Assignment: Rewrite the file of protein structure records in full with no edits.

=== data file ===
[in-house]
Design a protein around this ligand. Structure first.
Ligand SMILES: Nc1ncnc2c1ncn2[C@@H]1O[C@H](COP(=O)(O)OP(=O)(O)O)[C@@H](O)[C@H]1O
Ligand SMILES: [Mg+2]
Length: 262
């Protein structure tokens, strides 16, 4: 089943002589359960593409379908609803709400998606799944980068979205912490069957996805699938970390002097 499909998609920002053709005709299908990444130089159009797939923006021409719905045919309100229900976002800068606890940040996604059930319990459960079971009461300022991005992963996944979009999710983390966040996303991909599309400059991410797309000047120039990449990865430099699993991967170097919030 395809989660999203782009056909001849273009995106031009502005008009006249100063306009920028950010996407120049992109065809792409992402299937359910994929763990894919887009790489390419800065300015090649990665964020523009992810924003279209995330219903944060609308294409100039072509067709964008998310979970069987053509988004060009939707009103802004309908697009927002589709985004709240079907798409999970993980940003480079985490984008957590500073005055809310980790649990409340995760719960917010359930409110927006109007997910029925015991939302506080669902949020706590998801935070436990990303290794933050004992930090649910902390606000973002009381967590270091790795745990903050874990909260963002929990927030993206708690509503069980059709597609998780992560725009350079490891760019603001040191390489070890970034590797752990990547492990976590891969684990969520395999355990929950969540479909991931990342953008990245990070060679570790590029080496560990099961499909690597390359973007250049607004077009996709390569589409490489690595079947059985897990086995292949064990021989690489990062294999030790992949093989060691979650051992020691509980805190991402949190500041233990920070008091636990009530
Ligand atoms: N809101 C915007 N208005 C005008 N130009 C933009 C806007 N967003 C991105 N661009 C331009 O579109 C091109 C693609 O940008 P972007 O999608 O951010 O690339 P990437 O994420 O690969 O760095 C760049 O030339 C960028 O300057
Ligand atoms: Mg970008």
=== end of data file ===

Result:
[in-house]
Design a protein around this ligand. Structure first.
Ligand SMILES: Nc1ncnc2c1ncn2[C@@H]1O[C@H](COP(=O)(O)OP(=O)(O)O)[C@@H](O)[C@H]1O
Ligand SMILES: [Mg+2]
Length: 262
């Protein structure tokens, strides 16, 4: 089943002589359960593409379908609803709400998606799944980068979205912490069957996805699938970390002097 499909998609920002053709005709299908990444130089159009797939923006021409719905045919309100229900976002800068606890940040996604059930319990459960079971009461300022991005992963996944979009999710983390966040996303991909599309400059991410797309000047120039990449990865430099699993991967170097919030 395809989660999203782009056909001849273009995106031009502005008009006249100063306009920028950010996407120049992109065809792409992402299937359910994929763990894919887009790489390419800065300015090649990665964020523009992810924003279209995330219903944060609308294409100039072509067709964008998310979970069987053509988004060009939707009103802004309908697009927002589709985004709240079907798409999970993980940003480079985490984008957590500073005055809310980790649990409340995760719960917010359930409110927006109007997910029925015991939302506080669902949020706590998801935070436990990303290794933050004992930090649910902390606000973002009381967590270091790795745990903050874990909260963002929990927030993206708690509503069980059709597609998780992560725009350079490891760019603001040191390489070890970034590797752990990547492990976590891969684990969520395999355990929950969540479909991931990342953008990245990070060679570790590029080496560990099961499909690597390359973007250049607004077009996709390569589409490489690595079947059985897990086995292949064990021989690489990062294999030790992949093989060691979650051992020691509980805190991402949190500041233990920070008091636990009530
Ligand atoms: N809101 C915007 N208005 C005008 N130009 C933009 C806007 N967003 C991105 N661009 C331009 O579109 C091109 C693609 O940008 P972007 O999608 O951010 O690339 P990437 O994420 O690969 O760095 C760049 O030339 C960028 O300057
Ligand atoms: Mg970008």